Fluid Mechanics Fundamentals and Applications Cengel 3rd Edition Solutions Manual
Fluid Mechanics Fundamentals and Applications Cengel Cimbala 3rd Edition Solutions Manual
***THIS IS NOT THE ACTUAL BOOK. YOU ARE BUYING the Solution Manual in e-version of the following book***
Name: Fluid Mechanics Fundamentals and Applications
Author: Cengel Cimbala
Type: Solutions Manual
– The file contains solutions and questions to all chapters and all questions. All the files are carefully checked and accuracy is ensured.
– The file is either in .doc, .padf, excel, or zipped in the package and can easily be read on PCs and Macs.
– Delivery is INSTANT. You can download the files IMMEDIATELY once payment is done.
If you have any questions, please feel free to contact us. Our response is the fastest. All questions will always be answered in 6 hours., most of the time within 30mins
We also faced similar difficulities when we were students, and we understand how you feel.
But now, with the Fluid Mechanics Fundamentals and Applications Solution Manual, you will be able to
* Have your homework problems solved readily.
* Reduces the hassle and stress of your student life.
* Improve your studying and also get a better grade!
* Get prepared for examination questions.
*Can save you time and help you understand the material.
This is the quality of service we are providing and we hope to be your helper.
Delivery is in the next moment. Solution Manual is accurate.
Prepare to receive your Fluid Mechanics Fundamentals and Applications Solution Manual in the next moment.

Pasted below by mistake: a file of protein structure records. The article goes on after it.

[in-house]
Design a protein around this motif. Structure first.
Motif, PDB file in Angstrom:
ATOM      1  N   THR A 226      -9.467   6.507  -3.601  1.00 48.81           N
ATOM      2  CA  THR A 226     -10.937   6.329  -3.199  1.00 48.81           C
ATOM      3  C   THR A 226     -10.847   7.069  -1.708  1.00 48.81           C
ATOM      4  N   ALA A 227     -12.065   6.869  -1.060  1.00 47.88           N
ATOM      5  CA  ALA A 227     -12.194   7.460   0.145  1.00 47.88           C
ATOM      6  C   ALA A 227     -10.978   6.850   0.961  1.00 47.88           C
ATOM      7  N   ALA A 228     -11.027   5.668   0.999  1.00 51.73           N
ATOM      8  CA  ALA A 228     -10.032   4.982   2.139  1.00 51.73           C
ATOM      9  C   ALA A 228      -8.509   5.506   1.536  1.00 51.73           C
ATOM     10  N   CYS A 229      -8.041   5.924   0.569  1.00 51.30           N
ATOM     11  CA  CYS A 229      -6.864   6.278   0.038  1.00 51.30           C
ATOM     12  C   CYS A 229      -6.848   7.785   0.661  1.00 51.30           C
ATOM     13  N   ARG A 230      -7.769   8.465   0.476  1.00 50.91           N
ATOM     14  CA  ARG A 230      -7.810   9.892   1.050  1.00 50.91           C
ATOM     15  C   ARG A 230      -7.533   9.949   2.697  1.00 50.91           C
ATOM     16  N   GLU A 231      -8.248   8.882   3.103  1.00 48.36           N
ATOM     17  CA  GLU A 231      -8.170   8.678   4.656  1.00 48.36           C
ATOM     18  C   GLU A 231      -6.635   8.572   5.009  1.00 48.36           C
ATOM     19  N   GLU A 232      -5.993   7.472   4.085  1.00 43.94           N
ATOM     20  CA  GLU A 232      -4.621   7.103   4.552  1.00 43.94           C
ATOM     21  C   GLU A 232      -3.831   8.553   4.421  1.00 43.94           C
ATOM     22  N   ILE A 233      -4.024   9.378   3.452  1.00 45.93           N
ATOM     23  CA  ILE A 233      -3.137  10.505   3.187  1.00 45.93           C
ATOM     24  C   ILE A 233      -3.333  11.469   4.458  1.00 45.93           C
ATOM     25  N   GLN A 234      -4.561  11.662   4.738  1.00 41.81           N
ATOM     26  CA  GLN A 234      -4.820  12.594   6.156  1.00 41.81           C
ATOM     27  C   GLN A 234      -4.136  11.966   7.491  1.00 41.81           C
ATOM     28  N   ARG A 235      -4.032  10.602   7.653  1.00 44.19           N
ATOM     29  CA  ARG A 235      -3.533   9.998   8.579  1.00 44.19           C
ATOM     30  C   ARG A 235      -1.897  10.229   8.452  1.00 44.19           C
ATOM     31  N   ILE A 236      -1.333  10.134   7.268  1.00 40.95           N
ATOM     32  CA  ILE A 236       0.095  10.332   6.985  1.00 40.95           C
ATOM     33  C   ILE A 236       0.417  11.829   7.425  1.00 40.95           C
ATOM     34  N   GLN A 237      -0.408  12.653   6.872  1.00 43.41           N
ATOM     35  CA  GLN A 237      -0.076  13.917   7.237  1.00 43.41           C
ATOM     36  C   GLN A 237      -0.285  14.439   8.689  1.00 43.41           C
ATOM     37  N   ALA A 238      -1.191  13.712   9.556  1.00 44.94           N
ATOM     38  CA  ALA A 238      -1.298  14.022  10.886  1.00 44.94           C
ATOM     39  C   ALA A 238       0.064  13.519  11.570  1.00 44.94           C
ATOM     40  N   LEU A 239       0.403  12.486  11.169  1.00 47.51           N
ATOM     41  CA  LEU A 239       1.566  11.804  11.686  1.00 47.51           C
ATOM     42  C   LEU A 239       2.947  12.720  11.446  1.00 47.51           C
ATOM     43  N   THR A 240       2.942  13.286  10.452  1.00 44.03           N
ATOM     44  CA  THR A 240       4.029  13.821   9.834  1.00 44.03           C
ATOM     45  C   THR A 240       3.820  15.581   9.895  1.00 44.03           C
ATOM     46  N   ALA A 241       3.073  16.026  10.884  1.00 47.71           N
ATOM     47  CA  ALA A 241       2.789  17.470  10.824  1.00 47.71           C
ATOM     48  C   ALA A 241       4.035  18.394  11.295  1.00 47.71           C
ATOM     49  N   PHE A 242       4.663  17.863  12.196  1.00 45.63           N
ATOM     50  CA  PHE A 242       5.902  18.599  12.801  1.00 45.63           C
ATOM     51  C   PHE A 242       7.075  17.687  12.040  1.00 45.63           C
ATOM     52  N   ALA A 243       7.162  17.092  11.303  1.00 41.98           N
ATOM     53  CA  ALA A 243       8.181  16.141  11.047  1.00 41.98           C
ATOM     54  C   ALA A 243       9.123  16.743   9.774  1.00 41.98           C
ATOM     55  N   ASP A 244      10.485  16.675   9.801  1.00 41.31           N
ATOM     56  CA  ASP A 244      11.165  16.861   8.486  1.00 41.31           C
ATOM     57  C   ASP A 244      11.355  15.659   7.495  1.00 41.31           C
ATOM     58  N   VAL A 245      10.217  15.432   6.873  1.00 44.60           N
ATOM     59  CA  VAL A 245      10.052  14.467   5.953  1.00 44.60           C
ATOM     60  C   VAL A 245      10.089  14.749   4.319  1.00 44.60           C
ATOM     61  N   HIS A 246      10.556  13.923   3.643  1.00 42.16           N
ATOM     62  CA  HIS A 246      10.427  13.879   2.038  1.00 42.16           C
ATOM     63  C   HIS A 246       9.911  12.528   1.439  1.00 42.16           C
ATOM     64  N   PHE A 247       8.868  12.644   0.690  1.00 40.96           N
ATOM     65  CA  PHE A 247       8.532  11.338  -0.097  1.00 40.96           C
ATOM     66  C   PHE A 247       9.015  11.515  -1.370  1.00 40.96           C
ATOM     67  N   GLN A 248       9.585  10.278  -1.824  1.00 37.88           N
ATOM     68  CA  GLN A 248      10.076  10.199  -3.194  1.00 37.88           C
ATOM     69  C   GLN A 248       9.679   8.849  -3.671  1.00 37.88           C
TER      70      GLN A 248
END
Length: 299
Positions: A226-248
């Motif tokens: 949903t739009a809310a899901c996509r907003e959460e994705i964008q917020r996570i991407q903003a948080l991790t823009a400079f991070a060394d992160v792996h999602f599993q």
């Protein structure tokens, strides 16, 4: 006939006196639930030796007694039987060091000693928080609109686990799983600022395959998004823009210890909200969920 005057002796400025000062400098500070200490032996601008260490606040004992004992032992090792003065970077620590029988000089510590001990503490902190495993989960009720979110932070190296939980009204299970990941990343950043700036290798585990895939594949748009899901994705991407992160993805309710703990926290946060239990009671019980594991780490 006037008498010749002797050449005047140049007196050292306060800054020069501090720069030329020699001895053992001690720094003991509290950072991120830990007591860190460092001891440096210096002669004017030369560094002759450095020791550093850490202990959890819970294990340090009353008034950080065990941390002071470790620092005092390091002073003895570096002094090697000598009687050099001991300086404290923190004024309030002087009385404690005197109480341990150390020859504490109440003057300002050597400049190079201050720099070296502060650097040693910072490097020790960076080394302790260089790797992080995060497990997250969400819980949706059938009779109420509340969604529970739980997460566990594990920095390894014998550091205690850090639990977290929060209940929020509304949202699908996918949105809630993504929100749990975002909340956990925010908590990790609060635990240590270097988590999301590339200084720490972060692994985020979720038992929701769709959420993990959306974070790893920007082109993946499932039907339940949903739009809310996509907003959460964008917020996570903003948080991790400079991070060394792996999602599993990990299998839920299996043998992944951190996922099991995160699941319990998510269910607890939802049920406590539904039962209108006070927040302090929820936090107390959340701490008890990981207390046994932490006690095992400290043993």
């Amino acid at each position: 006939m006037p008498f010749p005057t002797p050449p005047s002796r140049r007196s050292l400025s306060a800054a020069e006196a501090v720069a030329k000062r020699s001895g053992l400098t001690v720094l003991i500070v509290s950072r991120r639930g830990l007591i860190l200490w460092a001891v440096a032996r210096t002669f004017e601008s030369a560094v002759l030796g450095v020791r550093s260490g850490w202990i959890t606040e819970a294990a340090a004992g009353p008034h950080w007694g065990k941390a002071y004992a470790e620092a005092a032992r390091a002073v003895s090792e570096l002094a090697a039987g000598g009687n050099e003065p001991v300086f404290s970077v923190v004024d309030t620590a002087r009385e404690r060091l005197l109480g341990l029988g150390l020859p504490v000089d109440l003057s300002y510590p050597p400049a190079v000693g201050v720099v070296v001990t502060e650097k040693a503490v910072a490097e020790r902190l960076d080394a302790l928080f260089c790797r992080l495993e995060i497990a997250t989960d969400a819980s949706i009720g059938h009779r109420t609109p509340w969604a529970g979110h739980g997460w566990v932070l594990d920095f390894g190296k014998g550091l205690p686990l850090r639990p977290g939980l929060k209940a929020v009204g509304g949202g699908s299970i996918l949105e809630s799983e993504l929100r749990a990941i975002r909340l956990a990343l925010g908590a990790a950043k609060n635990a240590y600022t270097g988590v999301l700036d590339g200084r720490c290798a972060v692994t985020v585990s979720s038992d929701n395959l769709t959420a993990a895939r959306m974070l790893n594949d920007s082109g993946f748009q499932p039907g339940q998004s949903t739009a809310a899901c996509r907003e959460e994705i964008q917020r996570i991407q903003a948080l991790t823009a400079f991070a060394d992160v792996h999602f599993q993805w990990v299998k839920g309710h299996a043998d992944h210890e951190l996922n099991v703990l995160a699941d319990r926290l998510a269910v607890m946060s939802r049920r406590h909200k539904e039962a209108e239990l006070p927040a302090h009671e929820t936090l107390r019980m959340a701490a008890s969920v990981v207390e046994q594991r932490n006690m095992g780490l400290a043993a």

If you have any questions, or would like a receive a sample chapter before your purchase, please contact us at firstname.lastname@example.org
Fluid Mechanics Fundamentals and Applications Solution Manual
Fluid Mechanics Fundamentals and Applications Cengel Cimbala 3rd Edition Solutions Manual ISBN: 0073380326
INTRODUCTION AND BASIC CONCEPTS
PROPRIETARY AND CONFIDENTIAL
This Manual is the proprietary property of The McGraw-Hill Companies, Inc. (“McGraw-Hill”) and protected by copyright and other state and federal laws. By opening and using this Manual the user agrees to the following restrictions, and if the recipient does not agree to these restrictions, the Manual should be promptly returned unopened to McGraw-Hill: This Manual is being provided only to authorized professors and instructors for use in preparing for the classes using the affiliated textbook. No other use or distribution of this Manual is permitted. This Manual may not be sold and may not be distributed to or used by any student or other third party. No part of this Manual may be reproduced, displayed or distributed in any form or by any means, electronic or otherwise, without the prior written permission of McGraw-Hill.
Introduction, Classification, and System
Solution We are to define a fluid and how it differs between a solid and a gas.
Analysis A substance in the liquid or gas phase is referred to as a fluid. A fluid differs from a solid in that a solid can resist an applied shear stress by deforming, whereas a fluid deforms continuously under the influence of shear stress, no matter how small. A liquid takes the shape of the container it is in, and a liquid forms a free surface in a larger container in a gravitational field. A gas, on the other hand, expands until it encounters the walls of the container and fills the entire available space.
Discussion The subject of fluid mechanics deals with ball fluids, both gases and liquids.